On the Really Strategies blog I have posted the first in an occasional series of examples of how to apply the DITA 1.2 keyref feature to specific real-world problems. The entry is here: http://blog.reallysi.com/2009/04/dita-keyref-example-links-from-glossary-entries.html
Over on the Really Strategies blog I've posted about the fact that DITA, while it has lots of cool features that get a lot of us very excited, DITA can also be applied to the simplest applications. Because DITA, by dint of its unique features as a standard XML architecture, has the lowest possible cost of both initial implementation and long-term ownership, this makes DITA a compelling business choice simply because it saves money and time relative to almost any other alternative you might choose.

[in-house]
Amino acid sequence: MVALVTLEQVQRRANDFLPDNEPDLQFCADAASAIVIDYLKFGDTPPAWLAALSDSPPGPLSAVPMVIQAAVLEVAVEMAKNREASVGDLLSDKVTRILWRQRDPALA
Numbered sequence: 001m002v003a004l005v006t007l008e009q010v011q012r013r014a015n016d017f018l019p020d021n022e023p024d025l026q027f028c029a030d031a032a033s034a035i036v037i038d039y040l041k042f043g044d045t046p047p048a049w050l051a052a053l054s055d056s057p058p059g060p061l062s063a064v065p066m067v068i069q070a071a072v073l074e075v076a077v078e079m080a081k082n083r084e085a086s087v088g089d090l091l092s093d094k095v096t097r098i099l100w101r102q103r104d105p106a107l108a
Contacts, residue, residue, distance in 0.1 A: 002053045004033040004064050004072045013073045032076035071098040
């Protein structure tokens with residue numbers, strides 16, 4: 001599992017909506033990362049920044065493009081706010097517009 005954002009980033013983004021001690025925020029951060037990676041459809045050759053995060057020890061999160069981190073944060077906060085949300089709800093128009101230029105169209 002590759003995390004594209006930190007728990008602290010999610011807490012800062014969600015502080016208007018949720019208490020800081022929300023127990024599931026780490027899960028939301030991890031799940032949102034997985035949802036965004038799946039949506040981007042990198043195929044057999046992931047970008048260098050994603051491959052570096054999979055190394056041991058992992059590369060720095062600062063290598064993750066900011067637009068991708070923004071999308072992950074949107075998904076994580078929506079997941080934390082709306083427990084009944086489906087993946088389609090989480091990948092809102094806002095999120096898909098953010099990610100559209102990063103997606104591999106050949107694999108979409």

The Financial Accounting Standards Board (FASB) has gone live with it's new Accounting Standards Codification (ASC) Web site, a DITA-based application that provides all of the U.S. Generally Accepted Accounting Procedures (GAAP) standards through dynamic delivery of DITA-based content.
I have written up a deeper discussion of the project here: http://blog.reallysi.com/2008/01/live-dita-appli.html
The ASC site itself is here: http://asc.fasb.org/home
I have posted some thoughts on using DITA for narrative documents on the Really Strategies blog: http://blog.reallysi.com/2008/01/dita-applicatio.html
The executive summary is:
By ignoring the existence of the <section> element you quickly realize that nested topics can be used just fine to represent narrative documents with arbitrarily deep nesting of divisions. This potentially opens up a whole class of documents of particular interest to Publishers that might otherwise not seem to be good candidates for ditification.